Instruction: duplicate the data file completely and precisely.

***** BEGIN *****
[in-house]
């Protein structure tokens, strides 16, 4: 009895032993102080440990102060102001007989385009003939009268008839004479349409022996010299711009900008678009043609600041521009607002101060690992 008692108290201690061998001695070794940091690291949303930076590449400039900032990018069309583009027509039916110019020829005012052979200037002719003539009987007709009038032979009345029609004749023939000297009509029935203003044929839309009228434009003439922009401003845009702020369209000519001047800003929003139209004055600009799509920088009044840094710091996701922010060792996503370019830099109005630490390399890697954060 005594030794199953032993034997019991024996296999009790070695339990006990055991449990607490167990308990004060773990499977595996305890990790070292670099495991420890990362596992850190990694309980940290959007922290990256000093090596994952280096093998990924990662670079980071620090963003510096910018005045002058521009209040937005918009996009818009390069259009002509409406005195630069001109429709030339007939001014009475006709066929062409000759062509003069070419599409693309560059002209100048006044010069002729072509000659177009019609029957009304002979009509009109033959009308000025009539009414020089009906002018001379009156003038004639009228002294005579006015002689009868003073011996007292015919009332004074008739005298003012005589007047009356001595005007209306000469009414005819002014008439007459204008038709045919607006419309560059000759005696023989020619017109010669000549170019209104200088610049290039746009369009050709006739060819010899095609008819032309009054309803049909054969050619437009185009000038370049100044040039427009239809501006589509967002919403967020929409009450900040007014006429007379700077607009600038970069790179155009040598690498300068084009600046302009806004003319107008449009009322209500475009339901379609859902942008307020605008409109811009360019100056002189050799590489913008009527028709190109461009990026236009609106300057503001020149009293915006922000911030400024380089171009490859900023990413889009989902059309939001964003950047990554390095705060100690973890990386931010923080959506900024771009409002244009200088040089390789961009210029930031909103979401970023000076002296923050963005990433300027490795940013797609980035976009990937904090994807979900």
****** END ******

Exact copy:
[in-house]
């Protein structure tokens, strides 16, 4: 009895032993102080440990102060102001007989385009003939009268008839004479349409022996010299711009900008678009043609600041521009607002101060690992 008692108290201690061998001695070794940091690291949303930076590449400039900032990018069309583009027509039916110019020829005012052979200037002719003539009987007709009038032979009345029609004749023939000297009509029935203003044929839309009228434009003439922009401003845009702020369209000519001047800003929003139209004055600009799509920088009044840094710091996701922010060792996503370019830099109005630490390399890697954060 005594030794199953032993034997019991024996296999009790070695339990006990055991449990607490167990308990004060773990499977595996305890990790070292670099495991420890990362596992850190990694309980940290959007922290990256000093090596994952280096093998990924990662670079980071620090963003510096910018005045002058521009209040937005918009996009818009390069259009002509409406005195630069001109429709030339007939001014009475006709066929062409000759062509003069070419599409693309560059002209100048006044010069002729072509000659177009019609029957009304002979009509009109033959009308000025009539009414020089009906002018001379009156003038004639009228002294005579006015002689009868003073011996007292015919009332004074008739005298003012005589007047009356001595005007209306000469009414005819002014008439007459204008038709045919607006419309560059000759005696023989020619017109010669000549170019209104200088610049290039746009369009050709006739060819010899095609008819032309009054309803049909054969050619437009185009000038370049100044040039427009239809501006589509967002919403967020929409009450900040007014006429007379700077607009600038970069790179155009040598690498300068084009600046302009806004003319107008449009009322209500475009339901379609859902942008307020605008409109811009360019100056002189050799590489913008009527028709190109461009990026236009609106300057503001020149009293915006922000911030400024380089171009490859900023990413889009989902059309939001964003950047990554390095705060100690973890990386931010923080959506900024771009409002244009200088040089390789961009210029930031909103979401970023000076002296923050963005990433300027490795940013797609980035976009990937904090994807979900």